The breeding, sale and exchange of pit bull terriers is banned
The number of illegal dogs on the streets is rising according to the Metropolitan Police, with the RSPCA warning that young men are using vicious breeds as weapons of intimidation and status symbols.
Gordon Shepherd, 25, a part-time DJ from Shepherd's Bush in west London, owns a pit bull and Rottweiler crossbreed called Rocky.
He says he likes it when he is out with Rocky and people are scared of them.
"People move out of the way. I've walked down the street, and people literally move. That makes me feel, like, yeah, I've got power."
And people have good reason to be frightened. Gordon admits he has trained Rocky to bite anyone he points out "straightaway".
"Sometimes you just have to beat it into them, so they have to do it. If you're going to actually train your dog to be violent, that's [when] you would actually hit it into him, to actually be violent," he says.
Gordon is well aware that his dog could cause serious damage.
"[It's] just as good as having a knife - the damage that that could do to a person if used in the right way."
And it is not just people that are potential victims. The RSPCA says dogs are increasingly being used in street fights, resulting in dogs having to be treated for stab wounds, burns and broken bones.
Marlon, who works with young people who are involved in gangs, thinks dogs are also becoming a big part of gang culture.
"They may feel like they're not the strongest person so they get themselves a strong powerful dog," he says.
Akel Isaac (right) bred his French mastiff dog to earn some extra cash
Akel Isaac, another young dog owner from Wandsworth, says image plays a big role in dog ownership: "Having a dog is all about how you get seen."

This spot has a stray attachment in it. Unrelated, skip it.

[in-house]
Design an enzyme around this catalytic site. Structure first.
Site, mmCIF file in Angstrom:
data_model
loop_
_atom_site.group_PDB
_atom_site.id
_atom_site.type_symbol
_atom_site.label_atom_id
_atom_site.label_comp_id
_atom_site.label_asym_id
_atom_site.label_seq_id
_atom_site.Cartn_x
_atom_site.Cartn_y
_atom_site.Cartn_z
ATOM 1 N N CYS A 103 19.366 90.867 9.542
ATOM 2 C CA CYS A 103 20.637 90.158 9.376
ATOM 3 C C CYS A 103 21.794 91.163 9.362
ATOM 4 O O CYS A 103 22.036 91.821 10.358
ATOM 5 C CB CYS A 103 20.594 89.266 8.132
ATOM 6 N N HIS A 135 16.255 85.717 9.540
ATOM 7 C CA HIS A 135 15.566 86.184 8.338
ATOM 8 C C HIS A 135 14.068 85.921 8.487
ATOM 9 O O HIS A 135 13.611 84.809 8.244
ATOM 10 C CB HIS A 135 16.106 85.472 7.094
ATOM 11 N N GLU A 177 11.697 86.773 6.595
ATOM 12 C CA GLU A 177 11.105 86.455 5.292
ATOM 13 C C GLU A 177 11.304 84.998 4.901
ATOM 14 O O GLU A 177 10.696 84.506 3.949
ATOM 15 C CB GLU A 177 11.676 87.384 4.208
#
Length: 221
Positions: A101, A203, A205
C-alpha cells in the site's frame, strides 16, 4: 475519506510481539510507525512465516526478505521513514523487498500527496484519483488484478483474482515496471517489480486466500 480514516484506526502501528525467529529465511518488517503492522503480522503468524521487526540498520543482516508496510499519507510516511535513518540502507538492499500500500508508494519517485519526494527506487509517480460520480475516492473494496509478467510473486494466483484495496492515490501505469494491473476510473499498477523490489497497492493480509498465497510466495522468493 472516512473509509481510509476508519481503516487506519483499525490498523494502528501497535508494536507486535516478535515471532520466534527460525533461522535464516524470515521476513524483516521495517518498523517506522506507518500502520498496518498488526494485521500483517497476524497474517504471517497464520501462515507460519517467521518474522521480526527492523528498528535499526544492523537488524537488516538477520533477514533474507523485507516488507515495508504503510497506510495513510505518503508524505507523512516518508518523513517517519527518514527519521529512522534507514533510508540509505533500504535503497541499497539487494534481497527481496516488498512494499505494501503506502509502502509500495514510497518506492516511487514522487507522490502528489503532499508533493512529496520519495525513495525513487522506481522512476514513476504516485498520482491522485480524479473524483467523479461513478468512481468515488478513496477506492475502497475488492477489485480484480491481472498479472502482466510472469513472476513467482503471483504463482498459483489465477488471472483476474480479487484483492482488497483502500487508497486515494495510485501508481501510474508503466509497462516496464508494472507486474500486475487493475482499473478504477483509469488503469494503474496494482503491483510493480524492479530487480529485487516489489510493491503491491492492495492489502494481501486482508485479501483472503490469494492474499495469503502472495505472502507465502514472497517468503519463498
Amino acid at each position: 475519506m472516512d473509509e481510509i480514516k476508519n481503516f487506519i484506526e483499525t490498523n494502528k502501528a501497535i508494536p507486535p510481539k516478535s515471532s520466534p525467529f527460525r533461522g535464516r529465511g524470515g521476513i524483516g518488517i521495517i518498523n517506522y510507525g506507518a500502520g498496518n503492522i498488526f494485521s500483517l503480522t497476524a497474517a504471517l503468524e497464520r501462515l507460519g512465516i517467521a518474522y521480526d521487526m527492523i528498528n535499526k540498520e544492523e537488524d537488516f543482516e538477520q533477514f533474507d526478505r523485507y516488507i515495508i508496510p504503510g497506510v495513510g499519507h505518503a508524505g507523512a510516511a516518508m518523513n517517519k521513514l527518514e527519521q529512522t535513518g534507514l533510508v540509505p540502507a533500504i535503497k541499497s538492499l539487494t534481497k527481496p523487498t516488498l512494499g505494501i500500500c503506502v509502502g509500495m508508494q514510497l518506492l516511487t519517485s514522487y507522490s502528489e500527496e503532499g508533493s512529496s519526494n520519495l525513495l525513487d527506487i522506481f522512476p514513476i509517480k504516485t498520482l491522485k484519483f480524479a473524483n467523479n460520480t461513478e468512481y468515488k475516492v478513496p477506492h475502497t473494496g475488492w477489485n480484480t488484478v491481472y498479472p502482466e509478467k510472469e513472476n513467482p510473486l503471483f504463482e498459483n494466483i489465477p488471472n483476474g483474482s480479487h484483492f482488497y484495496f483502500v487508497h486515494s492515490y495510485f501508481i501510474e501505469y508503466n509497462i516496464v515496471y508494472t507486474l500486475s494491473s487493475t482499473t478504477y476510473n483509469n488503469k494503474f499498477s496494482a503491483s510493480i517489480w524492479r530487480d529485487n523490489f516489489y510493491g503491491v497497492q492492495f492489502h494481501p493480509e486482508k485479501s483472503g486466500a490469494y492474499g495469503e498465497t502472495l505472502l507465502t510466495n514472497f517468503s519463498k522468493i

Akel recently bred his huge French mastiff dog, Krueger, with another French mastiff, to earn some extra cash. He says the puppies were in demand even before they were born.
The 19-year-old thinks there is an increasing demand for bigger and more aggressive dogs because there is a status dog culture.
"You do see a lot of big dogs nowadays but they're still crossed with Staffs or pits or some type of fighting dog, cause [the owners] still want to keep that characteristic in there - so that they're easy to train when it comes to attacking people."
Up until 18 months ago the status dog breed of choice was Staffordshire bull terrier.
They gained a reputation for aggression which many responsible owners say they do not deserve. But now Staffordshire terriers have fallen out of fashion, and are being replaced by even bigger, stronger breeds.
Whereas breeding French mastiffs is legal, the Dangerous Dogs Act 1991 bans the breeding - and cross breeding - of four types of fighting dogs in the UK, including pit bull terriers.
The Act was introduced after some particularly vicious attacks on members of the public, and the idea was that as a consequence, the pit bull and other aggressive breeds would die out.
But that has not happened.
Sergeant McParland, head of the new dedicated Metropolitan Police Dangerous Dogs Unit, says there is a growing problem of illegal dogs on the streets.
"In the year 2002-2006 the Met seized around 40 dogs a year, but all of a sudden in 2006 we started seeing an increase in the numbers of pit bull terriers in London. The numbers went up to 173 that year, to 480 the following year, and in the last ten months we've seized well over 600 dogs."
A big part of the problem is identifying which dogs are pit bulls.
There are only a few police officers who can definitely identify pit bulls, and cross breeding is making it harder for the authorities to crack down on all kinds of illegal dogs because it is more difficult to identify them.
Weighing up options
Sergeant McParland acknowledges there are tens of thousands of status dogs in London alone, but says the new unit "will not patrol the street sweeping pit bulls off the streets". The Met Police simply does not have the resources.
But he believes 90% of the problem is not the dogs - but the owners at the end of the leash.
The RSPCA is calling for the government to review current dog legislation to place more responsibility on owners.
Gordon Shepherd is not sure whether his dog Rocky is legal. But he says when the police did ask him about his dog he was able to fob them off.
"I've only ever been stopped once with them asking what breed of dog he was. That's when I lied. I said he was a Staff and a Labrador."
But he realises, irrespective of whether a dog is legal or illegal, owning a potentially dangerous dog could result in the law being broken.
"If you was to be the owner of a dog, and that dog was to kill someone, the sentences ain't that big," he says.
"I've thought of the consequences afterwards, the possibility of being arrested and sometimes if you weigh up your options, it's possibly better to let the dog bite the person than your life could be ended."
My Weapon Is A Dog will be shown on BBC Three at 2100 BST on Thursday 21 May.